Mennonite Central Committee’s four-year, $2.5-million review process is over, and the single most significant outcome is a power shift from MCC’s Akron, Pennsylvania office to its Winnipeg office. MCC binational, the arm of MCC that administered international programming out of Akron, was dissolved Mar. 30, and its work handed to MCC U.S. (also in Akron) and MCC Canada, which had long wanted a role in overseas programs.
These two bodies will jointly own and administer international programming, while continuing their own work at home. MCC spokespeople say the changes are internal; neither donors nor recipients of programming should notice a difference.
A recent MCC news release about the New Wine/New Wineskins review, as it was called, acknowledges that cross-border conflict over control of programming was one issue behind the process. It says the restructuring has “equalized the decision-making power” between MCC Canada and MCC U.S.
Tension had been simmering for years. In May, 2007 – 13 months before Wineskins was launched – senior MCC leaders from Winnipeg and Akron met to explore ways to address various stresses among the 12 regional, provincial, national, and binational MCC bodies. Among those tensions was a Canadian desire to have a more active role in the administration of international programs.
In a 2011 interview, Arli Klassen (then head of MCC Binational) told me that prior to Wineskins MCC was “being pulled apart” by internal tensions that could eventually “have had a very negative impact.” She provided few details and did not mention the May 2007 meeting.
That meeting was intended to avert an outcome like the current one, in which MCC binational is disbanded, and a clearer line is drawn between MCC on either side of the border. No such breakthrough occurred. The next year, as Wineskins began, MCC Canada board chair Neil Janzen noted that two-thirds of the money raised by MCC offices in Canada was handed over to Akron. Janzen told me that MCC Canada wanted “a more direct say in how those resources [were] used.”
In fact the binational board approved an MCC Canada request to administer programming in Cuba, North Korea, and Afghanistan. But a meaningful transfer never happened and Canadian aspirations and grievances carried over into the Wineskins process.
Now MCC Canada has gained significant new control. It will no longer forward money to Akron for others to spend, though the two MCCs will cooperate closely. An eight-page covenant sets out the new relationship. A joint ministry council made up of representatives from MCC Canada, MCC U.S., and Mennonite World Conference will help link MCC Canada and MCC U.S.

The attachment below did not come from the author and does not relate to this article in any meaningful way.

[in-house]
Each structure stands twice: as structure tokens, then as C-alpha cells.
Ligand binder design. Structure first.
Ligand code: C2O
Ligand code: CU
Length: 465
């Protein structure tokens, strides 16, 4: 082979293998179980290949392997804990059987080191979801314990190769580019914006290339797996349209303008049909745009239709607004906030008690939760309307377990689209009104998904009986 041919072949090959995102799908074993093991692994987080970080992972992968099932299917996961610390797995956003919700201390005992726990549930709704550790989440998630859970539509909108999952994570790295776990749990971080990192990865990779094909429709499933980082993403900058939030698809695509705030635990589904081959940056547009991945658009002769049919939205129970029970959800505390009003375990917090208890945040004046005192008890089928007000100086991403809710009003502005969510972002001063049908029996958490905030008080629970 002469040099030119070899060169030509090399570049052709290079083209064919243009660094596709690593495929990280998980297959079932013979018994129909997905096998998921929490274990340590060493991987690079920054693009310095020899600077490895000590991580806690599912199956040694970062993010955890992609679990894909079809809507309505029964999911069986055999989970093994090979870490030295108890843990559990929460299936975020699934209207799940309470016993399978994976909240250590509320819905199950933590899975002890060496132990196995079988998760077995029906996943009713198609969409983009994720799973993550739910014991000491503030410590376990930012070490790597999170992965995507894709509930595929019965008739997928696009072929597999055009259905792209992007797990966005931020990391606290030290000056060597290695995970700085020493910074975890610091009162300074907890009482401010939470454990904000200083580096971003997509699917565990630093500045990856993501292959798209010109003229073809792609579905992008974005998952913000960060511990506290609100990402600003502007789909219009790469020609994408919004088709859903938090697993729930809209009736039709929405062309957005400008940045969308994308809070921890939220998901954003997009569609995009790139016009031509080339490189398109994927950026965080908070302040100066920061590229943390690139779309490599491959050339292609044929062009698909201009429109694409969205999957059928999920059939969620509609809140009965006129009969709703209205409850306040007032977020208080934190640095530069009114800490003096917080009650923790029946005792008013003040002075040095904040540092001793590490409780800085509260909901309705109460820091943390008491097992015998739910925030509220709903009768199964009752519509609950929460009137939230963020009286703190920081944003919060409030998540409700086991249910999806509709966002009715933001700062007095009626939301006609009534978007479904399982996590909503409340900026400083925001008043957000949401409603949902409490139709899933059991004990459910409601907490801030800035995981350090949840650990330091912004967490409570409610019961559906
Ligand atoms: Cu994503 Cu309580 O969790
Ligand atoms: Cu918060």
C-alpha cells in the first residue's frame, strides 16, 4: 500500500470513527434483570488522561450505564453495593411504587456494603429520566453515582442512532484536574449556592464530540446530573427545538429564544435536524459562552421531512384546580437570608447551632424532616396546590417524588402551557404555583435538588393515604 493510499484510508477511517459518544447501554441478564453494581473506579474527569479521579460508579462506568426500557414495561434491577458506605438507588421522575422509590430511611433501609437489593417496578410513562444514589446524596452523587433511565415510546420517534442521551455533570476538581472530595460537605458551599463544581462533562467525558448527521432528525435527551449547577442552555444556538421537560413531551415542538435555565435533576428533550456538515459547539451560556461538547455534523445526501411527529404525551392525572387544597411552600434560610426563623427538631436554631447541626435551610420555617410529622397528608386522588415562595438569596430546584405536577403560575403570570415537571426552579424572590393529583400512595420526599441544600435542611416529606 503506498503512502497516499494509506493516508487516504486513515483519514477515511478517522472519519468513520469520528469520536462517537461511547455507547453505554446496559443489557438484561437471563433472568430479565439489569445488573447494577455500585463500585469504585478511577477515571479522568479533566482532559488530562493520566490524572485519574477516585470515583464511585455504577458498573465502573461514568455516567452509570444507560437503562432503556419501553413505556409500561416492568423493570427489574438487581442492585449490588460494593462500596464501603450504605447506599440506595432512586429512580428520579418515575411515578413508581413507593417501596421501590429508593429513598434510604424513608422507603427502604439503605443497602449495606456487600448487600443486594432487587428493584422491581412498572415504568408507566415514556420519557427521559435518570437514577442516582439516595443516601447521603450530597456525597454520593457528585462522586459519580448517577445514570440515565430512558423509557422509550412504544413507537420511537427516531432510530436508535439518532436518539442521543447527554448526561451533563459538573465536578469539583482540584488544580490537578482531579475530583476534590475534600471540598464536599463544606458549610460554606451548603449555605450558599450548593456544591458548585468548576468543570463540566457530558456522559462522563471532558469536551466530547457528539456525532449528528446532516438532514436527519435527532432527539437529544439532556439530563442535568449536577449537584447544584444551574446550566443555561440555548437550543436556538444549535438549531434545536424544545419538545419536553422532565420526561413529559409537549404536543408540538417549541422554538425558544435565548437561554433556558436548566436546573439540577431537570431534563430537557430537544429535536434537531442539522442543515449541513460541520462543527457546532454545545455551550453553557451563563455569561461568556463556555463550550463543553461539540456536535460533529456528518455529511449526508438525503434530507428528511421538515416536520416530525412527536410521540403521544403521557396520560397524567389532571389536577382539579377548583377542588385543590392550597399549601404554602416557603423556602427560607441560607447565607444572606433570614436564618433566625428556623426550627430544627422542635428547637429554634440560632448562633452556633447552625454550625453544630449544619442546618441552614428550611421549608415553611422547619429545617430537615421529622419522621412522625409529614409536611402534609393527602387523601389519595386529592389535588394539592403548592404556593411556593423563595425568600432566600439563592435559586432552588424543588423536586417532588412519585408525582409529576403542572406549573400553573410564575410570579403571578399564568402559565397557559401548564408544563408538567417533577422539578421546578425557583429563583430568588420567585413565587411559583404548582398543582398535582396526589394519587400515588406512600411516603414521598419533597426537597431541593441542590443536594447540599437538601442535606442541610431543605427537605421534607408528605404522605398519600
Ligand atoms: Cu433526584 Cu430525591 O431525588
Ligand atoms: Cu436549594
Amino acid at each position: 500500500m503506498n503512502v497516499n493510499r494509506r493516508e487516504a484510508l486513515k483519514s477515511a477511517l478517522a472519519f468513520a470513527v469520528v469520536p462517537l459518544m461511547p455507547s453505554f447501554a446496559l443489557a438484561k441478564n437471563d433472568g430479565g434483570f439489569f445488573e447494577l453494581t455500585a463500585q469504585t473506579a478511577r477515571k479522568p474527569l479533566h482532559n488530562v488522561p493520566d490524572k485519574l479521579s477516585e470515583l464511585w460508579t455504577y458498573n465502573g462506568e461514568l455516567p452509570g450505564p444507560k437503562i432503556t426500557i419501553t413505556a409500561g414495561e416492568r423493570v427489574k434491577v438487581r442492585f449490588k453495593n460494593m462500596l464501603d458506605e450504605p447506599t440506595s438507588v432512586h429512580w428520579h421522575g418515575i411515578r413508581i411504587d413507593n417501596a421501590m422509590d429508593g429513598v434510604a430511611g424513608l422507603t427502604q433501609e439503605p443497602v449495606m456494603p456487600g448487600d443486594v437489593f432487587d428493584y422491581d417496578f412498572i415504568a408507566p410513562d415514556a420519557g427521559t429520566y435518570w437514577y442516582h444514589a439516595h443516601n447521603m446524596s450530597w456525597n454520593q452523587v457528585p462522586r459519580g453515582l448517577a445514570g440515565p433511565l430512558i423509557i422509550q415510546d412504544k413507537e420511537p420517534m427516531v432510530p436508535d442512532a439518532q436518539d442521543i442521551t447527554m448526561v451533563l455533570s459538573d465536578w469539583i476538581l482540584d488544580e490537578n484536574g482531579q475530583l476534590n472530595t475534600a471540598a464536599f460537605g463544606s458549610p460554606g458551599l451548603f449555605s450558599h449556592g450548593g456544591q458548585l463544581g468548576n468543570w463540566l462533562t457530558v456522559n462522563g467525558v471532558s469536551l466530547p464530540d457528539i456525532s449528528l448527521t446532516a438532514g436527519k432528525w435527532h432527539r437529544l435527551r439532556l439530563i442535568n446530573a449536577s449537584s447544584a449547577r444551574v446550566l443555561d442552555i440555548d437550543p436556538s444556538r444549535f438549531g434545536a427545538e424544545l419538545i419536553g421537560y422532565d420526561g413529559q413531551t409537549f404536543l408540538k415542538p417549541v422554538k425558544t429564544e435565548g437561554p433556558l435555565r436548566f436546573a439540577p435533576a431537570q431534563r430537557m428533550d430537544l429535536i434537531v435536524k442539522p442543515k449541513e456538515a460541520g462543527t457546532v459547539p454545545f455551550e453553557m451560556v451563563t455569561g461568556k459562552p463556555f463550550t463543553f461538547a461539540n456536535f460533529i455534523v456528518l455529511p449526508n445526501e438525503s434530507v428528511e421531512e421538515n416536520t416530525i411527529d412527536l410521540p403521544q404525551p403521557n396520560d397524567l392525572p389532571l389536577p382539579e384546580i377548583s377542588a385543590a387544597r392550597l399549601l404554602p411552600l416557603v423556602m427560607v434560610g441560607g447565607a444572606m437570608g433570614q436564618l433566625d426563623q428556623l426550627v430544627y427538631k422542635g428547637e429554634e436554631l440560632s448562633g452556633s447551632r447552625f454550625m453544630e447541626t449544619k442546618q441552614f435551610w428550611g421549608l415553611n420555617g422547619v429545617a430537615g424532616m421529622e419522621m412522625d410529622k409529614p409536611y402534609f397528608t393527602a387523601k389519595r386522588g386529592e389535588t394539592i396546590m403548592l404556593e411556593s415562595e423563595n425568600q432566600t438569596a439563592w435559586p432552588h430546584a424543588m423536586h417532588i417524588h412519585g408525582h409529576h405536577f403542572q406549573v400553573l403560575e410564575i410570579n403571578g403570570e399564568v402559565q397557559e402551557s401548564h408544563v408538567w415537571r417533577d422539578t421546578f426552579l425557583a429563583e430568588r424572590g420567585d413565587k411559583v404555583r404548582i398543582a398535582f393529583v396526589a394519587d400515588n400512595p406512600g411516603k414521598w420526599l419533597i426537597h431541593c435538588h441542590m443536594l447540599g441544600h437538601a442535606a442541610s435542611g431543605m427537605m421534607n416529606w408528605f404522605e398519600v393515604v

Thirty-one binational staff lost jobs, mostly in Akron. Nine positions were created in Winnipeg, and several positions were transferred overseas.
Of the cost of Wineskins, $1.4 million was spent on severance packages and the other $1.1 million on travel, facilitation consultants (roughly $400,000), and meeting costs. The cost of staff time is not included.
Other changes to come out of the process include more control for church bodies over board appointments. Two thirds of the MCC Canada and MCC U.S. boards must be “Anabaptist church body representatives.” All MCC bodies agreed to joint new vision and purpose statements, though they contain no notable shifts in emphasis.
Another focus of the process was a push to make MCC more accountable to its global partners or perhaps merging with other Mennonite agencies abroad. The only significant outcome in this area is a consultation process among global Anabaptist service agencies initiated by Mennonite World Conference. The recent MCC news release doesn’t even mention the topic.
I have spoken with many people close to the Wineskins process, both on the record and off. Accounts vary. A tangle of factors and agendas were at play. Few say the process went well. MCC spokespeople say that most of the 2,000 people consulted had no interest in MCC restructuring, and yet that was the main outcome.
Some people are surely pleased that MCC Canada got a bigger role. Others say the family of faith should rise above administrative jostling based on national identities. Others are baffled by (or uninterested in) a process that created commotion within MCC but did not ignite a broader debate about MCC’s evolving role in an increasingly unequal, polarized and warming world. One MCC staff person said the process should have focused on “how to best respond to the needs of the world,” not on “which powerful North American country gets to have control.”
Despite the differences, and despite the defects in the process, everyone seems to hold a common, ongoing commitment to the work of MCC.
Oddly, in legal terms there is no such entity as MCC, only MCC Canada, MCC U.S. and the regional MCC bodies. That is fitting, for MCC itself is something broader. It is an ethos, a web of relationships. It is donors, staff, volunteers, partner organizations, recipients of programming, and, in it all, the Spirit of God.
MCC is something beyond organizational structures or national borders. It is something beyond the control of boards or staff, how ever they are configured. The people and relationships that make up MCC are imperfect, like the Wineskins process, which means MCC is, among other things, an ongoing struggle of imperfect people to follow God in an imperfect world.